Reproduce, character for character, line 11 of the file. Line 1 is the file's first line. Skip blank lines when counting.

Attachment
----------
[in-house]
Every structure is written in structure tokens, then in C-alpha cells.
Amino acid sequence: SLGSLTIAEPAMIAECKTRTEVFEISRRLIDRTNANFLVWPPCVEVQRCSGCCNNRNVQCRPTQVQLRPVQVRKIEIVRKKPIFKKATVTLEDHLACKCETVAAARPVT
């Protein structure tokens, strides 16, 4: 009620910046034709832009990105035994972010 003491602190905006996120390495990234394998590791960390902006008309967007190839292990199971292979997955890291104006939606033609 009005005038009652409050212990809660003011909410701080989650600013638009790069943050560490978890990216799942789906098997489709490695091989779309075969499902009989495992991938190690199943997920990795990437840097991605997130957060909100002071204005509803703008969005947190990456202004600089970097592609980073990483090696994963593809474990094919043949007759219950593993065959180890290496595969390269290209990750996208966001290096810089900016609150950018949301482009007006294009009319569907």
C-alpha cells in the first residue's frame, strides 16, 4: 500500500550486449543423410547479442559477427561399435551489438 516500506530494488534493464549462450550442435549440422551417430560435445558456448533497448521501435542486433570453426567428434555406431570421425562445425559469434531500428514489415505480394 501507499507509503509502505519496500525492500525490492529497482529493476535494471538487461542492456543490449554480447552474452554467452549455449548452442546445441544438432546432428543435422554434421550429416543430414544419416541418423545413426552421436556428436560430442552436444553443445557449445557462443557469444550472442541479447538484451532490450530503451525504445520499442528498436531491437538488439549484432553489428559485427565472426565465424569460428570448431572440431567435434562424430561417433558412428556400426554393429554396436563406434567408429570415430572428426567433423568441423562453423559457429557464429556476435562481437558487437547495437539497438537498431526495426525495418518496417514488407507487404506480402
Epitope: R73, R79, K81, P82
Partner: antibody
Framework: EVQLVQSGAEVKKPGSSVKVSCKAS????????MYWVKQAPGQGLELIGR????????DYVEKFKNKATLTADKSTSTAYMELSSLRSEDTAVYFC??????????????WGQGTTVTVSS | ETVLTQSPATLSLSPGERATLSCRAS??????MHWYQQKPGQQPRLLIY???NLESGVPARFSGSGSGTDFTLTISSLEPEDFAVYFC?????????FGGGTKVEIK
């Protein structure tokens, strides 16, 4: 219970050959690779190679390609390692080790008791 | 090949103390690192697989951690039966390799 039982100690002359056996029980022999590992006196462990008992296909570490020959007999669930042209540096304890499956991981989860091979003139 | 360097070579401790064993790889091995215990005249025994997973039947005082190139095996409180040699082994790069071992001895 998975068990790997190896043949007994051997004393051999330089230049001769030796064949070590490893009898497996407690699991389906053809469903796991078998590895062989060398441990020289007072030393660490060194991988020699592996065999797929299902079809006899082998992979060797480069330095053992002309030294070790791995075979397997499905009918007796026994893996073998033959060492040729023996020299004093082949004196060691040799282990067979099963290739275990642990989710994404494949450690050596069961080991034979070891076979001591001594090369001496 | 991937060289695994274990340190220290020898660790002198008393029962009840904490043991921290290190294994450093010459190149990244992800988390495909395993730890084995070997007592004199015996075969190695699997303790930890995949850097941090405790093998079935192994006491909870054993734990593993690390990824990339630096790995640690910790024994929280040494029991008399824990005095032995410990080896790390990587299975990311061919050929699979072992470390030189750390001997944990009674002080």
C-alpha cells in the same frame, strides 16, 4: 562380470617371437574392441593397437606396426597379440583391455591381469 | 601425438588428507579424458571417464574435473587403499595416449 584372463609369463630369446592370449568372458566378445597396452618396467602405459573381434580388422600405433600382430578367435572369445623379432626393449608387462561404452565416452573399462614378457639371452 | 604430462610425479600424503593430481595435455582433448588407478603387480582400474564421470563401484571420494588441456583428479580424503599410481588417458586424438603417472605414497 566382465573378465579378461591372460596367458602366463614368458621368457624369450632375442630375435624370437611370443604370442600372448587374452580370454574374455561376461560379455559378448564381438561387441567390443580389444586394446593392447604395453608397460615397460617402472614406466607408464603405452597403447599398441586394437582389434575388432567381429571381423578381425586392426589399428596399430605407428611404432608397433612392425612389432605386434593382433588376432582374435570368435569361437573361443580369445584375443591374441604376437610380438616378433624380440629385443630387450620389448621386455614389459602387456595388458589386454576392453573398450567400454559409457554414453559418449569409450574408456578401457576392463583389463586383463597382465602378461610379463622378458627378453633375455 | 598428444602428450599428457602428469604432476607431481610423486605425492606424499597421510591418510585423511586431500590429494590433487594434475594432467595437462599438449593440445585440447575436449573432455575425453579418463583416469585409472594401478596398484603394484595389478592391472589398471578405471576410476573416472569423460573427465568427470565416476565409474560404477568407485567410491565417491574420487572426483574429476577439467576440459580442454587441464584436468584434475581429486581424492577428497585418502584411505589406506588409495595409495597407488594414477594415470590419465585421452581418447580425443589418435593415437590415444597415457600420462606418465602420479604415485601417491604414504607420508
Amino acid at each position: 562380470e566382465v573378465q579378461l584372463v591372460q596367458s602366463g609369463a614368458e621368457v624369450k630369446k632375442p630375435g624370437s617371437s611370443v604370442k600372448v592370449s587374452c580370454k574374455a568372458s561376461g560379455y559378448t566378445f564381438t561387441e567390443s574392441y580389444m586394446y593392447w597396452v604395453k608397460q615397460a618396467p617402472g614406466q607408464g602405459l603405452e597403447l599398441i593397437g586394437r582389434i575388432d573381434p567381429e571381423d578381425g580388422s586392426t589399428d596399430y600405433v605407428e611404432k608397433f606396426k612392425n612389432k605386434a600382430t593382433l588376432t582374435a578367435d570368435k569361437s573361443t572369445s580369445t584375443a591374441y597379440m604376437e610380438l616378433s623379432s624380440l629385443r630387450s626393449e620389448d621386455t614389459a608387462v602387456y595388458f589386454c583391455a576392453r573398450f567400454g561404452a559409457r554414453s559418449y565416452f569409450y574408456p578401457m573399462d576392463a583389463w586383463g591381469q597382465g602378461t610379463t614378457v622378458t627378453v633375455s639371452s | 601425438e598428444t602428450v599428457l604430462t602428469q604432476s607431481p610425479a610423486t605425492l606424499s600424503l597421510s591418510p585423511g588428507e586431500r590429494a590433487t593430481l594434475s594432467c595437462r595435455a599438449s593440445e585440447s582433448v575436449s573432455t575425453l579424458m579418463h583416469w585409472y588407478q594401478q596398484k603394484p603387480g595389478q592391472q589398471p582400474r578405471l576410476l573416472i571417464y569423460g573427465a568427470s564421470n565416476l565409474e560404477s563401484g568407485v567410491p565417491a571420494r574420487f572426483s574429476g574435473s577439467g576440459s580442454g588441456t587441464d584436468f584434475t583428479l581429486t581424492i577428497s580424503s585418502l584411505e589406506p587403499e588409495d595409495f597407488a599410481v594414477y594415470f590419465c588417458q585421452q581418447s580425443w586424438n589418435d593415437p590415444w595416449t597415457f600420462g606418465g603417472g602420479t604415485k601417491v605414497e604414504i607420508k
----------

Amino acid at each position: 562380470e566382465v573378465q579378461l584372463v591372460q596367458s602366463g609369463a614368458e621368457v624369450k630369446k632375442p630375435g624370437s617371437s611370443v604370442k600372448v592370449s587374452c580370454k574374455a568372458s561376461g560379455y559378448t566378445f564381438t561387441e567390443s574392441y580389444m586394446y593392447w597396452v604395453k608397460q615397460a618396467p617402472g614406466q607408464g602405459l603405452e597403447l599398441i593397437g586394437r582389434i575388432d573381434p567381429e571381423d578381425g580388422s586392426t589399428d596399430y600405433v605407428e611404432k608397433f606396426k612392425n612389432k605386434a600382430t593382433l588376432t582374435a578367435d570368435k569361437s573361443t572369445s580369445t584375443a591374441y597379440m604376437e610380438l616378433s623379432s624380440l629385443r630387450s626393449e620389448d621386455t614389459a608387462v602387456y595388458f589386454c583391455a576392453r573398450f567400454g561404452a559409457r554414453s559418449y565416452f569409450y574408456p578401457m573399462d576392463a583389463w586383463g591381469q597382465g602378461t610379463t614378457v622378458t627378453v633375455s639371452s | 601425438e598428444t602428450v599428457l604430462t602428469q604432476s607431481p610425479a610423486t605425492l606424499s600424503l597421510s591418510p585423511g588428507e586431500r590429494a590433487t593430481l594434475s594432467c595437462r595435455a599438449s593440445e585440447s582433448v575436449s573432455t575425453l579424458m579418463h583416469w585409472y588407478q594401478q596398484k603394484p603387480g595389478q592391472q589398471p582400474r578405471l576410476l573416472i571417464y569423460g573427465a568427470s564421470n565416476l565409474e560404477s563401484g568407485v567410491p565417491a571420494r574420487f572426483s574429476g574435473s577439467g576440459s580442454g588441456t587441464d584436468f584434475t583428479l581429486t581424492i577428497s580424503s585418502l584411505e589406506p587403499e588409495d595409495f597407488a599410481v594414477y594415470f590419465c588417458q585421452q581418447s580425443w586424438n589418435d593415437p590415444w595416449t597415457f600420462g606418465g603417472g602420479t604415485k601417491v605414497e604414504i607420508k